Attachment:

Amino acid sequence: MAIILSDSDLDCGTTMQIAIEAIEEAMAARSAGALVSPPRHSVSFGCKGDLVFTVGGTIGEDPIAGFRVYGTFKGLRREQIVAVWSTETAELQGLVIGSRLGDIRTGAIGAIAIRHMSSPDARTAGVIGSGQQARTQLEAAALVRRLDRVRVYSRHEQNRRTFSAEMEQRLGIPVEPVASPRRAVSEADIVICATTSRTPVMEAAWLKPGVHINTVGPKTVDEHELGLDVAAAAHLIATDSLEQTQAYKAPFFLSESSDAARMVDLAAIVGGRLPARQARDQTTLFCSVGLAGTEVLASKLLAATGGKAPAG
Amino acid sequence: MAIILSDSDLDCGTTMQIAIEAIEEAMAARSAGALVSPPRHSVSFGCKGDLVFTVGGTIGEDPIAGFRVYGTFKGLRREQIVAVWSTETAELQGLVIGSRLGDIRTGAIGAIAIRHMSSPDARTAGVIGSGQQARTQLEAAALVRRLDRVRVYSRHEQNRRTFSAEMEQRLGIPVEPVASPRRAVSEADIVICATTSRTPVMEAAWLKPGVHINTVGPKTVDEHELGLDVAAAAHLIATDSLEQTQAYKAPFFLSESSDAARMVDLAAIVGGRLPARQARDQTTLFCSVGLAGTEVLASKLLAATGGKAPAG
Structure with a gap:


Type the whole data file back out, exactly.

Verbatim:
Amino acid sequence: MAIILSDSDLDCGTTMQIAIEAIEEAMAARSAGALVSPPRHSVSFGCKGDLVFTVGGTIGEDPIAGFRVYGTFKGLRREQIVAVWSTETAELQGLVIGSRLGDIRTGAIGAIAIRHMSSPDARTAGVIGSGQQARTQLEAAALVRRLDRVRVYSRHEQNRRTFSAEMEQRLGIPVEPVASPRRAVSEADIVICATTSRTPVMEAAWLKPGVHINTVGPKTVDEHELGLDVAAAAHLIATDSLEQTQAYKAPFFLSESSDAARMVDLAAIVGGRLPARQARDQTTLFCSVGLAGTEVLASKLLAATGGKAPAG
Amino acid sequence: MAIILSDSDLDCGTTMQIAIEAIEEAMAARSAGALVSPPRHSVSFGCKGDLVFTVGGTIGEDPIAGFRVYGTFKGLRREQIVAVWSTETAELQGLVIGSRLGDIRTGAIGAIAIRHMSSPDARTAGVIGSGQQARTQLEAAALVRRLDRVRVYSRHEQNRRTFSAEMEQRLGIPVEPVASPRRAVSEADIVICATTSRTPVMEAAWLKPGVHINTVGPKTVDEHELGLDVAAAAHLIATDSLEQTQAYKAPFFLSESSDAARMVDLAAIVGGRLPARQARDQTTLFCSVGLAGTEVLASKLLAATGGKAPAG
Structure with a gap: